The story revolves around the journeys of a mysterious man called “H” who has a unique power that allows him to heal even the most terminal of illnesses. Another important point of view is that of Malacar Miles, a military man who is determined to find H to use the horrifying flipside of his healing power–the ability to spread diseases that H has contracted–in order to strike at Malacar’s old enemies. There is one female POV of note–a girl who works in a brothel but secre [...]

    8. astaliegurec

      I'm not very happy with the packaging of this book. It's Roger Zelazny's "To Die in Italbar" coupled with his "A Dark Traveling." The two stories are fine, but they should never have been published together. They're not related in any way.The first story ("To Die in Italbar") is set in Zelazny's Pei'an universe and features a cameo role for Francis Sandow (his protagonist in "Isle of the Dead"). Interestingly, according to the entry for the story, Zelazny said:"If I could kill off one book it w [...]

    9. Иван Величков

      Книжката ми стана от любимите, едва на третото четене, но нещо в нея, явно, ме е накарало да я прочета повече от един път. Сигурно просто магията на автора.Зелазни казва, че е написал тази книжка набързо и за пари. Бил единственият негов роман, който ако може би изтеглил от паза [...]

    10. Tristan

      I enjoyed this book. It was well-written and easy; it's not as good (or as deep) as his Chronicles of Amber, but a fun read nonetheless. The story is interesting, if a bit silly in places (there are a number of elements that speak to deus ex machina; really, Sandow just happens to be a god of a nearly dead civilization? I know that might be explained in Isle of the Dead, but there is no indication in this book that you should read that one first) and it is quick and enjoyable. My biggest problem [...]

    11. Perry Whitford

      A man known only as "H" has been imbued with the ability to both heal and spread diseases wherever he roams, an agent of both salvation and damnation. With that kind of ability he attracts the attention of various powerful individuals with different agendas about how best to harness and utilise his ability, and as H starts to cut a malignant swathe from planet to planet they converge on him, each intent on capturing their quarry.Zelazney always writes something interesting and writes it well, bu [...]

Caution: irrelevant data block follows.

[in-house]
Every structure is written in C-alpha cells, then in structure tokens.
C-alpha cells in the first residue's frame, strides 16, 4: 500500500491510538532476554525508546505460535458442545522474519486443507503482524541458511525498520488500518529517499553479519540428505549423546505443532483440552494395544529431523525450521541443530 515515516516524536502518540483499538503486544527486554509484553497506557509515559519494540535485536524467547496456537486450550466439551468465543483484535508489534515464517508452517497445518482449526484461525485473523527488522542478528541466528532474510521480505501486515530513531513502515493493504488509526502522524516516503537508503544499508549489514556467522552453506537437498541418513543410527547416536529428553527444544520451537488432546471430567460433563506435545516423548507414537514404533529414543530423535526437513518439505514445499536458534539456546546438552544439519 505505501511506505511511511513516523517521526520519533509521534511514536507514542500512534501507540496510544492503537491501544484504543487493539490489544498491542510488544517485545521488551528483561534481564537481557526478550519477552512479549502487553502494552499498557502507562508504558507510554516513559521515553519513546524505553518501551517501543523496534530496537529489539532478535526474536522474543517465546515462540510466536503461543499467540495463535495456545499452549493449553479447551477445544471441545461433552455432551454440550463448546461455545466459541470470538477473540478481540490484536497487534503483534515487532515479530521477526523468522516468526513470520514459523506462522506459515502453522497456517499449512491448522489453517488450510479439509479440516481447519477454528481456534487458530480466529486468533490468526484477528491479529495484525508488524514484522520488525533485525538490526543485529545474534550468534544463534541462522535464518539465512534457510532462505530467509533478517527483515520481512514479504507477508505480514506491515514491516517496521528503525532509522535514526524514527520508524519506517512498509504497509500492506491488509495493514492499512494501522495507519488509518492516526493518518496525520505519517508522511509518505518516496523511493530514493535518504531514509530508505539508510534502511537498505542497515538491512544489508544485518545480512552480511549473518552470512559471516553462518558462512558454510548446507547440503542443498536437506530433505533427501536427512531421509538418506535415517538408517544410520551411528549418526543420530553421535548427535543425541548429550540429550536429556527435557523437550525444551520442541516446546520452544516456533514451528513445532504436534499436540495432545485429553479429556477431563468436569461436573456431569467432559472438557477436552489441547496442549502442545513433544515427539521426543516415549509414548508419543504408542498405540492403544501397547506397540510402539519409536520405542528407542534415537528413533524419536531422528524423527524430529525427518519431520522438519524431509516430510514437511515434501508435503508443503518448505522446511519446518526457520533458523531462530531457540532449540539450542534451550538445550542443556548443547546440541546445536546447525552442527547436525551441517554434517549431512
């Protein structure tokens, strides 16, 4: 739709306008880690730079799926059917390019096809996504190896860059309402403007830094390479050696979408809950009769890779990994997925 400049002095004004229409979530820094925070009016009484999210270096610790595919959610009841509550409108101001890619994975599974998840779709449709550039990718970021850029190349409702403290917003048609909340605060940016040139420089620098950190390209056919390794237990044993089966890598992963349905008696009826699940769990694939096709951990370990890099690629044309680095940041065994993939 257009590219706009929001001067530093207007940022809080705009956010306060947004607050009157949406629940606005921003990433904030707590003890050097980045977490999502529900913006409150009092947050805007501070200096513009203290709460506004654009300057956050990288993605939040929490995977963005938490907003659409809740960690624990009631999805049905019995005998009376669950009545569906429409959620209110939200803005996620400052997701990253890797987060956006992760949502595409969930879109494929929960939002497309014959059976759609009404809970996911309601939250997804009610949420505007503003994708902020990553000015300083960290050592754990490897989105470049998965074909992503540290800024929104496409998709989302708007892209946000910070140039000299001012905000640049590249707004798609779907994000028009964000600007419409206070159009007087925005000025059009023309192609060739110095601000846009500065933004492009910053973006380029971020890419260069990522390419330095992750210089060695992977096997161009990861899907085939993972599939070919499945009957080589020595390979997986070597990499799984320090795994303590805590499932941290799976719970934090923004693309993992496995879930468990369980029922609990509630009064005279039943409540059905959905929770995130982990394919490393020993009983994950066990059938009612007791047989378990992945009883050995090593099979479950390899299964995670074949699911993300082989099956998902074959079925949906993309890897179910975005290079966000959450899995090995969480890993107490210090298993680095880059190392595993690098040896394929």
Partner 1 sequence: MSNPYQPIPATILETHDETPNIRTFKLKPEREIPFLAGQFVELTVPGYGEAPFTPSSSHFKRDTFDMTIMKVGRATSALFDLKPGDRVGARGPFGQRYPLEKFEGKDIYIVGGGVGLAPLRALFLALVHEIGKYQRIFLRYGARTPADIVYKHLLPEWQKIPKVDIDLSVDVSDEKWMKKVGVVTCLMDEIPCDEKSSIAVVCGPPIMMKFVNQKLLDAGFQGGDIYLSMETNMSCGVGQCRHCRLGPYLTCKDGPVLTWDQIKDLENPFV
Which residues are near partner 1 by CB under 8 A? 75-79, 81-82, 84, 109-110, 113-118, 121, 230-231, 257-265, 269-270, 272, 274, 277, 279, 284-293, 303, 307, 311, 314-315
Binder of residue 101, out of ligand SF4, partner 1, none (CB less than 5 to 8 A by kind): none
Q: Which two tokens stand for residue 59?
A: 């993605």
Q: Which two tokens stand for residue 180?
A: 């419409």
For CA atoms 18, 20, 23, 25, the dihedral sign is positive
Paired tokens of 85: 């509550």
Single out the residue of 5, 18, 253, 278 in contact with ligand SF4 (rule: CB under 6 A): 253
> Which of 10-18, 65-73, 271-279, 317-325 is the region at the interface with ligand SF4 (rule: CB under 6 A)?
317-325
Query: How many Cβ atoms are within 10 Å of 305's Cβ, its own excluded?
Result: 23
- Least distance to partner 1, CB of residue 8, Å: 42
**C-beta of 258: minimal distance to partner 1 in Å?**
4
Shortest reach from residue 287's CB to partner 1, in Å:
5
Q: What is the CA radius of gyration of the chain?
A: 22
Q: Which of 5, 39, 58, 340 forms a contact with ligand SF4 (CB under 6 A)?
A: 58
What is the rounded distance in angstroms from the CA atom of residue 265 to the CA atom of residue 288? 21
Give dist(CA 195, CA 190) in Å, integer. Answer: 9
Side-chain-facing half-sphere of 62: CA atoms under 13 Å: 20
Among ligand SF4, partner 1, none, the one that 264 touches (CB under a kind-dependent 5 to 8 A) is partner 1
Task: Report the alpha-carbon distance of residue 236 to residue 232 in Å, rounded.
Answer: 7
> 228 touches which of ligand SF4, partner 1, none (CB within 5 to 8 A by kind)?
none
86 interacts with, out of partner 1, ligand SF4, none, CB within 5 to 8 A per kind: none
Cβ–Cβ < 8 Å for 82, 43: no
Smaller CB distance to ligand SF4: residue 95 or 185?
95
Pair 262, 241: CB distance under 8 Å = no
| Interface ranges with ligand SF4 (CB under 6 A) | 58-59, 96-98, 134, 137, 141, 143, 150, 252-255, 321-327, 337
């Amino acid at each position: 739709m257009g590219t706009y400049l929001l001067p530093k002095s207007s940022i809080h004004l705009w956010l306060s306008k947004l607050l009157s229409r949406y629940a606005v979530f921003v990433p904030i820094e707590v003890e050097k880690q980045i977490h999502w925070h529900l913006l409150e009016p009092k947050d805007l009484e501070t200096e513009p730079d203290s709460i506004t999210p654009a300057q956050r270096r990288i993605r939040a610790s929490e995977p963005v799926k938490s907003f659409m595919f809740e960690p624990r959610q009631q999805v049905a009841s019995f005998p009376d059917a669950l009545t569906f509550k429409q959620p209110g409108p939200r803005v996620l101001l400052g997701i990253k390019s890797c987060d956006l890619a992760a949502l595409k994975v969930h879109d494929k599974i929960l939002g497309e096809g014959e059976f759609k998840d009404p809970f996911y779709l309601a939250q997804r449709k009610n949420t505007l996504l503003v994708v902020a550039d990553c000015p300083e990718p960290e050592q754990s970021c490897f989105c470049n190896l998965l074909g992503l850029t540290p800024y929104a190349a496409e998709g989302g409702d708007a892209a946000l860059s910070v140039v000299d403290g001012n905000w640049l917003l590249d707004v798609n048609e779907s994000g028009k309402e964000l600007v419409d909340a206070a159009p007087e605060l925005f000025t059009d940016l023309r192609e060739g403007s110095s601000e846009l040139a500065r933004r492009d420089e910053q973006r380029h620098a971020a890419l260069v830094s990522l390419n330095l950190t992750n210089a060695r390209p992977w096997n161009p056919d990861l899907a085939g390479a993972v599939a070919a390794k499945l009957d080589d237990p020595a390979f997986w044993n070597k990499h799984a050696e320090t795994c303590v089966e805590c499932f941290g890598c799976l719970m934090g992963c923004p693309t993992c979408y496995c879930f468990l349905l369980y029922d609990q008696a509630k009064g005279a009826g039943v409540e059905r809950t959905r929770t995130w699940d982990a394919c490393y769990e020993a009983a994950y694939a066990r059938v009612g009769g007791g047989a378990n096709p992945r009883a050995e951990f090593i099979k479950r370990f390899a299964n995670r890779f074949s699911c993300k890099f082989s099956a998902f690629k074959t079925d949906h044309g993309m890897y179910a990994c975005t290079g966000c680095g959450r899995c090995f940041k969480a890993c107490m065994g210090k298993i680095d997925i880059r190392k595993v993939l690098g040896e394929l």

12. Vomithatsteve

      As with most all of Zelazny's sci-fi this book was a really interesting setup and compelling idea. I was thoroughly engrossed until the end.Then, sadly, as with most all of Zelazny's sci-fi, the ending was a little lackluster. He had a tendency to rush the endings of books, and this one is no exception.It's a very cool story, and it's pretty different from most of his other stuff - the characters are more varied and flawed than he usually writes. The only disappointment (and the only thing keepi [...]

    13. Todd Martin

      I would characterize To Die in Italbar as not one of Zelazny’s best. In fact Zelazny himself thought it was his worst novel and wished he could kill it off saying “I wrote that in a hurry to make some money after I quit my job.”I would find it hard to disagree with Zelazny’s sentiment given the books meandering, scattershot and seemingly pointless plot which centers around a Typhoid Mary–like protagonist and features an array of supernatural phenomenon (such as telepathy, telekinesis a [...]

    14. Onefinemess

      Well written and some interesting subject matter. The problem is, it didn't grab me at all. Nothing made me care or curious about what happened next. The only curiosity I had was after the story finished, where I wanted other pieces of the universe filled in (the gods of one particular race run around sometimes in avatars, but none of the others??). Also, the title is one of the worst I've seen.

    15. John

      This is one of those stories that requires a bit of patience, as the threads of separate characters draw closer throughout the book. I found the junction of those threads at the end to be completely rewarding, and was impressed with Zelazny's ability to build a story around a religious concept I've never really tried to understand (to be more specific would spoil the ending).

    16. Martin

      Not one of Zelazny's finer efforts. Short, somewhat interesting, but not a good read. Zelazny is one of my favorite writers, but my advice is skip this one.One of about half of Zelazny's books I haven't gotten to. I thought I was further along. I've only got 4 of his solo non-graphic novels left to go.

    17. Mike S

      This is a powerful book, it really grabs you, it is disturbing at times, but very well written. Zelazny was a master. I wish he had written more books because I have never read anything by him I didn't like.

    18. Erik Graff

      Foolishly, I did not bother reading Isle of the Dead before reading this sequel. I must have been desperate for reading matter.